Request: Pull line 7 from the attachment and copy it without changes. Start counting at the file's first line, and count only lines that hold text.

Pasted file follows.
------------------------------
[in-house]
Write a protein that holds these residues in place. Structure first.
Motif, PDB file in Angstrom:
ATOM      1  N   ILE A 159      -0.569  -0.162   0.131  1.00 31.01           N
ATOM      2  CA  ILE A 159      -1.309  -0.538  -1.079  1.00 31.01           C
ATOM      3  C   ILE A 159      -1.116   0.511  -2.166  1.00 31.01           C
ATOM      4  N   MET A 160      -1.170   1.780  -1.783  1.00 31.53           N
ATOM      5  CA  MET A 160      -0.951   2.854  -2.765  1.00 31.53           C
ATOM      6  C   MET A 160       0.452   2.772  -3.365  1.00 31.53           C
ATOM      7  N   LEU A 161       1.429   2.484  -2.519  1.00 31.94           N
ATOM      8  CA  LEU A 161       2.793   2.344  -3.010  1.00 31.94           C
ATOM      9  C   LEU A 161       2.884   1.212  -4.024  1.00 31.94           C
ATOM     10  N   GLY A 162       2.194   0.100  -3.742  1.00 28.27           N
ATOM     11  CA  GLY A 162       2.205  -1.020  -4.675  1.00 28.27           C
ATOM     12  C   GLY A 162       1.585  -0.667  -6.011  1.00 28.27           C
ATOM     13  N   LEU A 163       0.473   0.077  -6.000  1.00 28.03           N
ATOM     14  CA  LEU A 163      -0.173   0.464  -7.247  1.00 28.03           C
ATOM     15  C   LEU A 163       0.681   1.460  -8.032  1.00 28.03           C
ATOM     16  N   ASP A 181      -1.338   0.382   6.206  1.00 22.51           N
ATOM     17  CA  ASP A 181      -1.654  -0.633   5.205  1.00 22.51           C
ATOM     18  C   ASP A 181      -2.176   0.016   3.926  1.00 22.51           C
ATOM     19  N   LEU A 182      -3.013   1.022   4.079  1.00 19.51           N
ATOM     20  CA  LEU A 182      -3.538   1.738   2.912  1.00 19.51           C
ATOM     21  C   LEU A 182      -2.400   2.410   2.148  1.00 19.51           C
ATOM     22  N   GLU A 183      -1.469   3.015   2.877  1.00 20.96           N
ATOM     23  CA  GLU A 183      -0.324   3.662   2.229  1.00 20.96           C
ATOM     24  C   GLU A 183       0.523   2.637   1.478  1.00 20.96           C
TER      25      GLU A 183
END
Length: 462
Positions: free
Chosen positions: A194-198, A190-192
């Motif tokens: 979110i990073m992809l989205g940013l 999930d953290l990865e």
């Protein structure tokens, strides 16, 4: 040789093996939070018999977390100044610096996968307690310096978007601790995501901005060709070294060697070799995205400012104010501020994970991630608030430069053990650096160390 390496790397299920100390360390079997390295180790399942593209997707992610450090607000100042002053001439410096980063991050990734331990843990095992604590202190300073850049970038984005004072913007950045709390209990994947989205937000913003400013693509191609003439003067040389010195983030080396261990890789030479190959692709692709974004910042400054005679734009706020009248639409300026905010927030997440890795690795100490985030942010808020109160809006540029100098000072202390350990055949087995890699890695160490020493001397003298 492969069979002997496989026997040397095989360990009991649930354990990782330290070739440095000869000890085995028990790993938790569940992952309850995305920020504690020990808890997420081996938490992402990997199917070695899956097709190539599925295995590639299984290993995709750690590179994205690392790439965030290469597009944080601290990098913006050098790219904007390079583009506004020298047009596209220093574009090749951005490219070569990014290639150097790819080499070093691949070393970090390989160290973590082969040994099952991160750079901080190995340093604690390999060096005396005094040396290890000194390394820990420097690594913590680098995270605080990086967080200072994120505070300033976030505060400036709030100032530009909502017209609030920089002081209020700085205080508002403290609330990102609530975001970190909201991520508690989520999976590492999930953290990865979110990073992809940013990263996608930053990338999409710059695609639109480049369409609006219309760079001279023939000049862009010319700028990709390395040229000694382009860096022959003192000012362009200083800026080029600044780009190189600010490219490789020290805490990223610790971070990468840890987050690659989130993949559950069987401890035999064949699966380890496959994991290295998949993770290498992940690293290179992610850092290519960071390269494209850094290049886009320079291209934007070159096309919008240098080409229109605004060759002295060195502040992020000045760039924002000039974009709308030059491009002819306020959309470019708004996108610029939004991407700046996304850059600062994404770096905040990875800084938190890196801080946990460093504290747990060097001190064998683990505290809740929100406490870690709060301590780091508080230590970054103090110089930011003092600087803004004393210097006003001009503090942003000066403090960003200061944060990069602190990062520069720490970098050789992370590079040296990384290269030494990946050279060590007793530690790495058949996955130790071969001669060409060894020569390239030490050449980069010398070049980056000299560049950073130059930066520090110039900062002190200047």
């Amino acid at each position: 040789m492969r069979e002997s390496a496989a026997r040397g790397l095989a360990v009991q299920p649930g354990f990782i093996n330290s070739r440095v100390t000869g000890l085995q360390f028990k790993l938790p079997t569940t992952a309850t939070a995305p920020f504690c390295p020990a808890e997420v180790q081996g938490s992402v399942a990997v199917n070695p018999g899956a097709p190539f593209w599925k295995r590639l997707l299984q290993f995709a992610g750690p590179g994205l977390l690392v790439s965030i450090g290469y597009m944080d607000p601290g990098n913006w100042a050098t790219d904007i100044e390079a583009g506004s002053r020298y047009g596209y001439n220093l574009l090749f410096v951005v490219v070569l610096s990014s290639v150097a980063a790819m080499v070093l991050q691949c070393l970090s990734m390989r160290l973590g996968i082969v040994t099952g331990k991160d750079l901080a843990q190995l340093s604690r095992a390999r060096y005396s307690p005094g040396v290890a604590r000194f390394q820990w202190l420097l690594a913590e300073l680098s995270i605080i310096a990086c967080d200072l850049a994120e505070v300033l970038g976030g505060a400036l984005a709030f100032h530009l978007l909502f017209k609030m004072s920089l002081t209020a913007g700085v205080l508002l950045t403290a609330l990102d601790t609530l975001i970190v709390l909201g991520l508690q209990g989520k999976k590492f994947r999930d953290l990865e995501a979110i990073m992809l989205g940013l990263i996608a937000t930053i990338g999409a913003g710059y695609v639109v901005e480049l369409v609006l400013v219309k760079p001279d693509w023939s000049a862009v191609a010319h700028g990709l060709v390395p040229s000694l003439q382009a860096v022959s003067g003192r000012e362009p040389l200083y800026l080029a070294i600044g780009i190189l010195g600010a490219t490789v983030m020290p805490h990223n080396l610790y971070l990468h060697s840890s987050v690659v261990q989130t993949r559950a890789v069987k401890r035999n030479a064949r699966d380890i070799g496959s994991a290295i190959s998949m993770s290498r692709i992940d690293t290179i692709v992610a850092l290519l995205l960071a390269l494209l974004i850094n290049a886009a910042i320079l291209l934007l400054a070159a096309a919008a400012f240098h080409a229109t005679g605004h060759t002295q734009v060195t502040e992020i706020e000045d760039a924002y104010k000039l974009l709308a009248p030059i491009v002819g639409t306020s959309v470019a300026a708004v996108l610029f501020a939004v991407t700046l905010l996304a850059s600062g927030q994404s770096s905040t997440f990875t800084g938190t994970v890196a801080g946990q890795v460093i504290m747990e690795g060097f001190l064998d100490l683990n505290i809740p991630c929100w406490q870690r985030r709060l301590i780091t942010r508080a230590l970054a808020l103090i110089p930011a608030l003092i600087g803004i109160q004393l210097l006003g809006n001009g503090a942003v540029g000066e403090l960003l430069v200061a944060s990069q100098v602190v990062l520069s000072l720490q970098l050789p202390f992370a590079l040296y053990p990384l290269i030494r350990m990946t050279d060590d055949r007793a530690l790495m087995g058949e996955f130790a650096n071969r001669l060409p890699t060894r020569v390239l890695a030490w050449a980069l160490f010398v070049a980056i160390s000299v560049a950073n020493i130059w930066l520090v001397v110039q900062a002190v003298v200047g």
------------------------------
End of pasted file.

ATOM      4  N   MET A 160      -1.170   1.780  -1.783  1.00 31.53           N